At the end of every summer parents have to try to retrain their children to get back into a school routine. After three months of playing video games, spending the day with friends and sleeping in they are going to have to get up early, and buckle down to balancing school and recreation. They also have to get used to a new teacher, sometimes a new school, and things that are unfamiliar to them.
The biggest question is, how much have they forgotten over the summer, and can they pick up where they left off at the end of the last school year? Getting children interested in doing homework and studying so they will remember is always a challenge, so perhaps your children need to vary their routine.
In recent years cognitive scientists have found that a few simple changes in study techniques can reliably improve the amount of learning a child actually receives from studying. This advice may directly contradict much of the old-fashioned study habits, but the changes have proven to be effective. For instance, many experts currently advice students to find one specific location to do their studying, so they can work uninterrupted. Research has found just the opposite to be effective.
In a classic 1978 experiment, psychologists found that college students who studied a list of 40 vocabulary words in two different rooms – one cluttered and windowless, the other modern with a view onto a courtyard – did far better on a test than students who studied the words twice, in the same room. Later studies have confirmed the findings. Instead of setting up a distinct location, alternate the rooms your child studies in.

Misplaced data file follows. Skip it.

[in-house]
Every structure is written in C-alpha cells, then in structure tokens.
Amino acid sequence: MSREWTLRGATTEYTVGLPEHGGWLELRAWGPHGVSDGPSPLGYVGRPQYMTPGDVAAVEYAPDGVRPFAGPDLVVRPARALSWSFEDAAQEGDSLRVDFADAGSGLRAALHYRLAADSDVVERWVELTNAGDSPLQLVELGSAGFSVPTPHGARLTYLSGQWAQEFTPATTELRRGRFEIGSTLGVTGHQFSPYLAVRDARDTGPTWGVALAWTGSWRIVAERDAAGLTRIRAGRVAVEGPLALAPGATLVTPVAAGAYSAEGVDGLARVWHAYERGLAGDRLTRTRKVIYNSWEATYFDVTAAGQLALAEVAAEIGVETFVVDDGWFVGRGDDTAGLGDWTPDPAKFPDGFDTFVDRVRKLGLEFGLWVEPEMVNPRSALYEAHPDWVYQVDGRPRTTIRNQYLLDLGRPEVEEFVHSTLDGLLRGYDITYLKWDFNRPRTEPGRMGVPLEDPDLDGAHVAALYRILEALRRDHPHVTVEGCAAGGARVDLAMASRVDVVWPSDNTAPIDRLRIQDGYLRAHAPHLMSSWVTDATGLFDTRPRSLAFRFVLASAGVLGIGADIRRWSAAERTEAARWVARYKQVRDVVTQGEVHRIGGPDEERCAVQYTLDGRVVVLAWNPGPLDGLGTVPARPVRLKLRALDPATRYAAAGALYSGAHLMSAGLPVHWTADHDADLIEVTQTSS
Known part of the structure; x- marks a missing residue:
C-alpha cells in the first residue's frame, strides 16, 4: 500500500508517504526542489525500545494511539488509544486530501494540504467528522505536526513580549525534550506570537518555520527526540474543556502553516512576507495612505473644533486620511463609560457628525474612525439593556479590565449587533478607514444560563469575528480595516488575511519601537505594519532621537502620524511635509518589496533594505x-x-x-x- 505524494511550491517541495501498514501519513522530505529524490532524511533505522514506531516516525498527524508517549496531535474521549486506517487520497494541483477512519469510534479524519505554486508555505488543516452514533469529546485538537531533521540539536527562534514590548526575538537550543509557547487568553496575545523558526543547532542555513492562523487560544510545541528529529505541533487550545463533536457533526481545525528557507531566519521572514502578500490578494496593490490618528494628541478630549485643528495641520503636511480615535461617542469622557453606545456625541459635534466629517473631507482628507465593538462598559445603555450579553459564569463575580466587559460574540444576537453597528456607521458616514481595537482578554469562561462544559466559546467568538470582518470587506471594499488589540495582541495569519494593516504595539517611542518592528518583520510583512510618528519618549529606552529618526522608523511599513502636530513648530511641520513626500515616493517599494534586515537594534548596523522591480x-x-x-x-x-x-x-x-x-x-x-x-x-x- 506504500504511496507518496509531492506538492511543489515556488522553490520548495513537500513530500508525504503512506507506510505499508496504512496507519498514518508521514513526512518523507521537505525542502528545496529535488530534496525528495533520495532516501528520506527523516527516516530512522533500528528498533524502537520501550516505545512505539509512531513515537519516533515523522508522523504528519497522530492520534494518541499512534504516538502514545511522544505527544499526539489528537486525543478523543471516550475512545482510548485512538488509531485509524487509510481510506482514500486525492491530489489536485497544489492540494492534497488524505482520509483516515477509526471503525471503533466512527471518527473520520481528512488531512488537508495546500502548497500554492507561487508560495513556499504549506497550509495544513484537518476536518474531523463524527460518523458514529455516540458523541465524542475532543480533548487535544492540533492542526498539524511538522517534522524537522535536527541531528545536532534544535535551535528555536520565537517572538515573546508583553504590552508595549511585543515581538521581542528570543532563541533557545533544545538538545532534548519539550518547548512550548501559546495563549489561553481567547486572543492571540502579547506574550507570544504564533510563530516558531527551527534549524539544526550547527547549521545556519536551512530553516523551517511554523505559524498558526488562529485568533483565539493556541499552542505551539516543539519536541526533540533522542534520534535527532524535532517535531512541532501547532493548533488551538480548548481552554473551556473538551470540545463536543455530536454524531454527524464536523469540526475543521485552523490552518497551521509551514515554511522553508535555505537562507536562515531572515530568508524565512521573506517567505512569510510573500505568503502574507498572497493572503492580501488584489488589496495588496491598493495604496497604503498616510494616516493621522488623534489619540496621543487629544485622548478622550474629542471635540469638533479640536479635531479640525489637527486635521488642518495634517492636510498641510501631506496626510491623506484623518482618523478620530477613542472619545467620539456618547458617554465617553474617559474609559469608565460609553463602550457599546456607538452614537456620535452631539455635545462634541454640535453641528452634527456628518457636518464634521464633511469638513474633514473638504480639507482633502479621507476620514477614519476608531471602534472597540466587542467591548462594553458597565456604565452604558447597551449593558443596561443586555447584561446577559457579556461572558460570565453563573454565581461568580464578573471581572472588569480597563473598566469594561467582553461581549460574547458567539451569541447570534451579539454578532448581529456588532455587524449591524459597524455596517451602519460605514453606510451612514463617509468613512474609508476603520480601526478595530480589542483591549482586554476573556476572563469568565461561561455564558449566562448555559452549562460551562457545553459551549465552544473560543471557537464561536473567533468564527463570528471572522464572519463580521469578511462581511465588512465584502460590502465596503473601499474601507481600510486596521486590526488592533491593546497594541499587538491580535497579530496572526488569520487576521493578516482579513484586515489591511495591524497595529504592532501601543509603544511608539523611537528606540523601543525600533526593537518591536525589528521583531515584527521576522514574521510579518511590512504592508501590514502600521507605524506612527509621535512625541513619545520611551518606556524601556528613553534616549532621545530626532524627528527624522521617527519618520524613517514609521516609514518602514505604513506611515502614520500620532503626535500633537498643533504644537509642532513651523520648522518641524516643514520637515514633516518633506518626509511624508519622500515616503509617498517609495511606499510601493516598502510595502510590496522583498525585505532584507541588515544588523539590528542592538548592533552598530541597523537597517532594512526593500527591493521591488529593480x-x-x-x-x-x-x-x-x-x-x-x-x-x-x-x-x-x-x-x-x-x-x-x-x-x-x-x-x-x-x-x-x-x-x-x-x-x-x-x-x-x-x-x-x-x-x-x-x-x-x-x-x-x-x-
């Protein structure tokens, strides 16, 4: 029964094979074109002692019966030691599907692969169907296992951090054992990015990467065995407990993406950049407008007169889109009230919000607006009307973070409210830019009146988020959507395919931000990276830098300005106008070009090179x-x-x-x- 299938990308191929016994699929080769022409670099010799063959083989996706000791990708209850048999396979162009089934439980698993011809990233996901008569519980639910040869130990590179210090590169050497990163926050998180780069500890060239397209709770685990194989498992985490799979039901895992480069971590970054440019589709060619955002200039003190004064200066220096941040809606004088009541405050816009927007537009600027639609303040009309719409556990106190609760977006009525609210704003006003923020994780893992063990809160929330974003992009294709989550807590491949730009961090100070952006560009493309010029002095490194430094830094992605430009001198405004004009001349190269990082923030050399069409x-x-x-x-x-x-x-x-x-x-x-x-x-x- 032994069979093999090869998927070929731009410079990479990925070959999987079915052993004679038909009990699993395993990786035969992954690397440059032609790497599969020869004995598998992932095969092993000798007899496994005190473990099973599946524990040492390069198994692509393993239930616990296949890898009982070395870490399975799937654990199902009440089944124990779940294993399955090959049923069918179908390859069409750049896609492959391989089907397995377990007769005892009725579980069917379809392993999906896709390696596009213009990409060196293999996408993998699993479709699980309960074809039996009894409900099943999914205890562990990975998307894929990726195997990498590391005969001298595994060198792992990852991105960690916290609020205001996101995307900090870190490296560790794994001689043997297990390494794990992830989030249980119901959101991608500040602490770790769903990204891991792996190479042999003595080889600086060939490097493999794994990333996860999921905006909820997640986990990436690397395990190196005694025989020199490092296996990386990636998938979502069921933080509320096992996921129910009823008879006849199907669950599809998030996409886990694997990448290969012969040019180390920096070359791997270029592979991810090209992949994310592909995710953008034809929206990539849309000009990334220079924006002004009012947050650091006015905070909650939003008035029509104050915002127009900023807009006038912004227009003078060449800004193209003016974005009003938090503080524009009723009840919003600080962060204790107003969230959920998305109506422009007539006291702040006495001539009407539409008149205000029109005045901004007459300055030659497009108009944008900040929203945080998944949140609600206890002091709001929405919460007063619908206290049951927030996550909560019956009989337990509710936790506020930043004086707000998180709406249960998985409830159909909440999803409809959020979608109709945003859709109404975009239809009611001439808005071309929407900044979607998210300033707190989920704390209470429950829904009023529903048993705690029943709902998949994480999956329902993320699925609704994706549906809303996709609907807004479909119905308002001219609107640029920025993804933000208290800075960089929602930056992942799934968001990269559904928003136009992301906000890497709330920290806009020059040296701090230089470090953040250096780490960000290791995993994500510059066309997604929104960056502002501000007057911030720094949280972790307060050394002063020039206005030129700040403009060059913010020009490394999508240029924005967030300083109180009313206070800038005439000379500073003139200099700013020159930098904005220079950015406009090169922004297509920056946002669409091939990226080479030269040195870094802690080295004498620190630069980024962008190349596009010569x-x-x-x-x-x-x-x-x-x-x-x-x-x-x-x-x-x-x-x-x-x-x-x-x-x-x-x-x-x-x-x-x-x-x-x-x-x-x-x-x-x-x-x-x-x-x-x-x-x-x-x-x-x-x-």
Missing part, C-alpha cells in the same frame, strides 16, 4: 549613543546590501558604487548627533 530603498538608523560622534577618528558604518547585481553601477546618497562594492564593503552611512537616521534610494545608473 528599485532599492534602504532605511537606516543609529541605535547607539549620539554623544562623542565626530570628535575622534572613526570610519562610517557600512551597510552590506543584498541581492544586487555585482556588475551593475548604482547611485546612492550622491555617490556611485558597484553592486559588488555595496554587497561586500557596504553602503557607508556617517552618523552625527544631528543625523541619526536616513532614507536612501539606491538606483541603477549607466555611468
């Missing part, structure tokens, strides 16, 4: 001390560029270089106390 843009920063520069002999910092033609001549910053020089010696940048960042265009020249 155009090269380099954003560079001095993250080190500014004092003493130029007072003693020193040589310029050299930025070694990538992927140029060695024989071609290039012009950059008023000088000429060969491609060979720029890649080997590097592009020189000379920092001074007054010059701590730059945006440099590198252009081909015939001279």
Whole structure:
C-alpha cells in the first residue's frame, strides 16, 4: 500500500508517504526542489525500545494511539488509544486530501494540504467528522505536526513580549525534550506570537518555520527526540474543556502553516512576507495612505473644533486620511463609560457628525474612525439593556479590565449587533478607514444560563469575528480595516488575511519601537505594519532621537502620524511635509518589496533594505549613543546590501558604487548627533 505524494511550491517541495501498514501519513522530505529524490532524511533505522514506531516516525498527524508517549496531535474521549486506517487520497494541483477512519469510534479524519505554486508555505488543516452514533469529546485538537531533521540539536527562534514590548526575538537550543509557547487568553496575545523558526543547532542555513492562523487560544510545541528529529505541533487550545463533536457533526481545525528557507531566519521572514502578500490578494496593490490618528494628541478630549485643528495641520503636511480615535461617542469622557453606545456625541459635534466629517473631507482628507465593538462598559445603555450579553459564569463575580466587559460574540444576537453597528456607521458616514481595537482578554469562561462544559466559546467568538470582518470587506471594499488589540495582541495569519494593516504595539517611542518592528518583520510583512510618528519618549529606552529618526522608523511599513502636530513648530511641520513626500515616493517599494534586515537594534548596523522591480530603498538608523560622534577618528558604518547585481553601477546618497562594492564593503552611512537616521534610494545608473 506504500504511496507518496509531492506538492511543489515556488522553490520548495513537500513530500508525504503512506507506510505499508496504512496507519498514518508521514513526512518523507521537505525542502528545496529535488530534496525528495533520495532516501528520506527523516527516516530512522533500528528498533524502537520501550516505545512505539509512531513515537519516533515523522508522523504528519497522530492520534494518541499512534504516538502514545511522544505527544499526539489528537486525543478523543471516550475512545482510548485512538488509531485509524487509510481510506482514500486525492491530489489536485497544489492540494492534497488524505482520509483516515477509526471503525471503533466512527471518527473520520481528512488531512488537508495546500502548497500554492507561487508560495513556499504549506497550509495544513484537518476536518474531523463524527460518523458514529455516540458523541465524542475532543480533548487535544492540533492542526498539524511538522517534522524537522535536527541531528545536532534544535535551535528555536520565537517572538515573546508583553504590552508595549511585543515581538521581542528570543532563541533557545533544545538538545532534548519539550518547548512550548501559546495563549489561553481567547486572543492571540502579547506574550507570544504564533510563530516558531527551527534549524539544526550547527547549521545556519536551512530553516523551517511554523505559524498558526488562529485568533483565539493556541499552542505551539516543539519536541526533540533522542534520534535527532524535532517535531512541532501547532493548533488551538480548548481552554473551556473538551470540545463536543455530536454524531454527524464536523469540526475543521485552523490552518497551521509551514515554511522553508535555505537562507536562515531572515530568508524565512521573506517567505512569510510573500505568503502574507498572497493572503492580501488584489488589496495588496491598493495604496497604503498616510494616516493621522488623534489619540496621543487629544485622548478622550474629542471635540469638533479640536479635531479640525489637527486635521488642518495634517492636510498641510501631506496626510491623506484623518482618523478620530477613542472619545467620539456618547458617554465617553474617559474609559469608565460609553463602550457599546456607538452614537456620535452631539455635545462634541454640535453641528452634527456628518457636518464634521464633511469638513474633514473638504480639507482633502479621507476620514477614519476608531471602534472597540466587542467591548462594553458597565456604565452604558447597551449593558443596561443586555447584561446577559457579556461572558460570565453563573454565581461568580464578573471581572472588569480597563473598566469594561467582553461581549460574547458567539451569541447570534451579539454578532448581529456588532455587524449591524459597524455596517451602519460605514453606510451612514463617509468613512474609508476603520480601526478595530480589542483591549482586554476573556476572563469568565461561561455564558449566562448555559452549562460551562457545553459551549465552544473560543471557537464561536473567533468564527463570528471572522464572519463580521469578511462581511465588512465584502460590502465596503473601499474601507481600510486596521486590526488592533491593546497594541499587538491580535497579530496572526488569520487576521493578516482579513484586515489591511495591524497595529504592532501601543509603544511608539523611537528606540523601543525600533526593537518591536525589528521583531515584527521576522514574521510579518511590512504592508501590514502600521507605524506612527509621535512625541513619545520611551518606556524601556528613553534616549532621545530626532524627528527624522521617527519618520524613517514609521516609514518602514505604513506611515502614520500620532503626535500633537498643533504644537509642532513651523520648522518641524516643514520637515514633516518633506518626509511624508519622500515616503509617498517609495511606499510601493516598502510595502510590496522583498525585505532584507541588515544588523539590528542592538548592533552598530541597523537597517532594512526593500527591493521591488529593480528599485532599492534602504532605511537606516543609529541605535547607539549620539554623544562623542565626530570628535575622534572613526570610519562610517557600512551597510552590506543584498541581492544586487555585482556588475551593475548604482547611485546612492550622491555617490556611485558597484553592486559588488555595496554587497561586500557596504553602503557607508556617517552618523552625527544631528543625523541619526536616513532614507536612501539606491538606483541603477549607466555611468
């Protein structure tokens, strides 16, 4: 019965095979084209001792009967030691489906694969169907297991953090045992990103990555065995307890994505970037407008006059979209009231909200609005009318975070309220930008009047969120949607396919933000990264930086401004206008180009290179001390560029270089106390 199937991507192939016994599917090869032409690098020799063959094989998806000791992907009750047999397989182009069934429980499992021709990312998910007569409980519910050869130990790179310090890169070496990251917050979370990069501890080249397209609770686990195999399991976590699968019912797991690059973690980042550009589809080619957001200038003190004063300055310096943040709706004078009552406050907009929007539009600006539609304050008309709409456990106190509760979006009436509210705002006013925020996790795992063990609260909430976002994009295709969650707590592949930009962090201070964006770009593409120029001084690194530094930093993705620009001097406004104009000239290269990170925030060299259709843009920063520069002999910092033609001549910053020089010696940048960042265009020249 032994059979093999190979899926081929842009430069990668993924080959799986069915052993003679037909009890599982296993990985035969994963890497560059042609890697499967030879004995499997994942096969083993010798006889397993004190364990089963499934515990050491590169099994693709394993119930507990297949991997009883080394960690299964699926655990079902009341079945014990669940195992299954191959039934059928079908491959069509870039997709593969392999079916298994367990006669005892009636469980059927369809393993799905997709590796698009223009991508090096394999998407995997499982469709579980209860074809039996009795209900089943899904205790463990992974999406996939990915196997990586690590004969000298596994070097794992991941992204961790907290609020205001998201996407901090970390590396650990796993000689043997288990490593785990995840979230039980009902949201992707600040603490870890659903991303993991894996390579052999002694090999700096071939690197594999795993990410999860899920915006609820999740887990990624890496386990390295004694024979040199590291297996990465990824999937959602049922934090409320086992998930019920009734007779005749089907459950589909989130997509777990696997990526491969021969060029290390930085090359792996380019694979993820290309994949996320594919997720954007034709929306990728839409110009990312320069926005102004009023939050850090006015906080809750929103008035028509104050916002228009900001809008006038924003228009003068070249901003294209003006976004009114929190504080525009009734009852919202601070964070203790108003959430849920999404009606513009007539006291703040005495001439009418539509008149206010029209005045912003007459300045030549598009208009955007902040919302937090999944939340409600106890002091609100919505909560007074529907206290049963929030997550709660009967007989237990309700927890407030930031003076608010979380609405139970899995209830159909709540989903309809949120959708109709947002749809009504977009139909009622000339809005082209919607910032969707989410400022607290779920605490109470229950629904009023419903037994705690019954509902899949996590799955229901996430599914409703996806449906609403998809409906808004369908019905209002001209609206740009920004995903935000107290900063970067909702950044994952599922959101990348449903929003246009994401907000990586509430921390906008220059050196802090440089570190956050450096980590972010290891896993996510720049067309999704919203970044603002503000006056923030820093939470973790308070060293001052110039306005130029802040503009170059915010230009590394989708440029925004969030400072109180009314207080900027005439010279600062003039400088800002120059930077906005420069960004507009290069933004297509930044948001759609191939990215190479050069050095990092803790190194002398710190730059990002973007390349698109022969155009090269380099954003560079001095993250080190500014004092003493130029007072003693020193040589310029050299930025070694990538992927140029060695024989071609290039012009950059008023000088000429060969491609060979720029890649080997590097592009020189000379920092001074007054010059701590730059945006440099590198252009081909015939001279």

“What we think is happening here is that, when the outside context is varied, the information is enriched, and this slows down forgetting,” said Dr. Robert A. Bjork, a psychologist at the University of California, Los Angeles and senior author of the two-room experiment published in the journal Psychological Science.
According to Bjork, the brain makes subtle associations between what it is studying and the background sensations it has at the time, regardless of whether those perceptions are conscious. In effect, allowing the brain to process information with different environmental backgrounds renews the information and makes it easier to retain.
Another tip is to study related concepts or skills in one sitting, rather than focusing intensely on a single subject. By varying the type of material studied in a single sitting (example: reading, vocabulary or a foreign language) there seems to be a deeper impression made on the brain than only working on one subject at a time. Similar to an athlete who alternates their routine to build up their entire body instead of just one area – the brain builds up more muscle strength all-around by varying the routine.
Several studies have proven these techniques to be more effective in retaining what is learned for longer periods of time. Although they are not conventional techniques they seem to work, and finding new ways to get a child to retain information longer is always helpful.
This is Ron White. I am a memory-training expert, memory keynote speaker, and two-time USA Memory Champion.
New York Times – Forget What You Know About Good Study Habits, published September 6, 2010: http://www.nytimes.com/2010/09/07/health/views/07mind.html?pagewanted=all